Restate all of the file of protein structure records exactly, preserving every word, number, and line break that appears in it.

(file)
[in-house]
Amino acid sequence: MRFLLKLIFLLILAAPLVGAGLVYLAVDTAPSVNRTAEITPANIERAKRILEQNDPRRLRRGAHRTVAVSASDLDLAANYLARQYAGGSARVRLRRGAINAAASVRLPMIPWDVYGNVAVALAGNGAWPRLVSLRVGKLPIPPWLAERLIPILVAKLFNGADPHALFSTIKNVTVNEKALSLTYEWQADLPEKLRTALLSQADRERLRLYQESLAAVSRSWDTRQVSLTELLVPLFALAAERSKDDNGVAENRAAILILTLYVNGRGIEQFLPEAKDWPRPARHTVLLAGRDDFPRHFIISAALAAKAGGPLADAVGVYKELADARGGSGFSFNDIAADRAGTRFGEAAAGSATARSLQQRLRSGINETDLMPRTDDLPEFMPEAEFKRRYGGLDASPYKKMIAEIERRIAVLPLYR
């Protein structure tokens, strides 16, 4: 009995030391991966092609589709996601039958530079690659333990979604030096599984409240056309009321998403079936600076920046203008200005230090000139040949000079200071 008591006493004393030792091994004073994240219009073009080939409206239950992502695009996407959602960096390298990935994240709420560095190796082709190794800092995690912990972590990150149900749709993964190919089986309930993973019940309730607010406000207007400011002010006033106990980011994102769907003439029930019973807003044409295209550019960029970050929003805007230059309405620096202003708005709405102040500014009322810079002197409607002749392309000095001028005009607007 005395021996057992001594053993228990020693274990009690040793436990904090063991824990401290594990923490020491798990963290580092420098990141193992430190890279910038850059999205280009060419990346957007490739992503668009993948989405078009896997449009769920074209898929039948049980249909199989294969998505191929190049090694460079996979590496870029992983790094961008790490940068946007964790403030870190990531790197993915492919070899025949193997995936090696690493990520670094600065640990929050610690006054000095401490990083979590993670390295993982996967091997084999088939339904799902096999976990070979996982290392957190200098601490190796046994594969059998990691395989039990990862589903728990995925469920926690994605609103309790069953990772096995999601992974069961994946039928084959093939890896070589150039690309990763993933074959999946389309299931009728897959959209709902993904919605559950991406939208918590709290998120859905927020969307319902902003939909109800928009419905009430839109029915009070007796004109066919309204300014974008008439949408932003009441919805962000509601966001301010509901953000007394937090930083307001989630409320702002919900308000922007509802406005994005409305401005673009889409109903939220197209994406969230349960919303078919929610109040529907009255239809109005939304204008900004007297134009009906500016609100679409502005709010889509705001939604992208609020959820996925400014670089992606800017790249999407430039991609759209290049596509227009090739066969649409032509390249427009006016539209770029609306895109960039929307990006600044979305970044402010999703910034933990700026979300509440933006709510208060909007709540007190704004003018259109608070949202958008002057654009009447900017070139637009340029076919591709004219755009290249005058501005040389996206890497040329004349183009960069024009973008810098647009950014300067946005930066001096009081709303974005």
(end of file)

[in-house]
Amino acid sequence: MRFLLKLIFLLILAAPLVGAGLVYLAVDTAPSVNRTAEITPANIERAKRILEQNDPRRLRRGAHRTVAVSASDLDLAANYLARQYAGGSARVRLRRGAINAAASVRLPMIPWDVYGNVAVALAGNGAWPRLVSLRVGKLPIPPWLAERLIPILVAKLFNGADPHALFSTIKNVTVNEKALSLTYEWQADLPEKLRTALLSQADRERLRLYQESLAAVSRSWDTRQVSLTELLVPLFALAAERSKDDNGVAENRAAILILTLYVNGRGIEQFLPEAKDWPRPARHTVLLAGRDDFPRHFIISAALAAKAGGPLADAVGVYKELADARGGSGFSFNDIAADRAGTRFGEAAAGSATARSLQQRLRSGINETDLMPRTDDLPEFMPEAEFKRRYGGLDASPYKKMIAEIERRIAVLPLYR
């Protein structure tokens, strides 16, 4: 009995030391991966092609589709996601039958530079690659333990979604030096599984409240056309009321998403079936600076920046203008200005230090000139040949000079200071 008591006493004393030792091994004073994240219009073009080939409206239950992502695009996407959602960096390298990935994240709420560095190796082709190794800092995690912990972590990150149900749709993964190919089986309930993973019940309730607010406000207007400011002010006033106990980011994102769907003439029930019973807003044409295209550019960029970050929003805007230059309405620096202003708005709405102040500014009322810079002197409607002749392309000095001028005009607007 005395021996057992001594053993228990020693274990009690040793436990904090063991824990401290594990923490020491798990963290580092420098990141193992430190890279910038850059999205280009060419990346957007490739992503668009993948989405078009896997449009769920074209898929039948049980249909199989294969998505191929190049090694460079996979590496870029992983790094961008790490940068946007964790403030870190990531790197993915492919070899025949193997995936090696690493990520670094600065640990929050610690006054000095401490990083979590993670390295993982996967091997084999088939339904799902096999976990070979996982290392957190200098601490190796046994594969059998990691395989039990990862589903728990995925469920926690994605609103309790069953990772096995999601992974069961994946039928084959093939890896070589150039690309990763993933074959999946389309299931009728897959959209709902993904919605559950991406939208918590709290998120859905927020969307319902902003939909109800928009419905009430839109029915009070007796004109066919309204300014974008008439949408932003009441919805962000509601966001301010509901953000007394937090930083307001989630409320702002919900308000922007509802406005994005409305401005673009889409109903939220197209994406969230349960919303078919929610109040529907009255239809109005939304204008900004007297134009009906500016609100679409502005709010889509705001939604992208609020959820996925400014670089992606800017790249999407430039991609759209290049596509227009090739066969649409032509390249427009006016539209770029609306895109960039929307990006600044979305970044402010999703910034933990700026979300509440933006709510208060909007709540007190704004003018259109608070949202958008002057654009009447900017070139637009340029076919591709004219755009290249005058501005040389996206890497040329004349183009960069024009973008810098647009950014300067946005930066001096009081709303974005």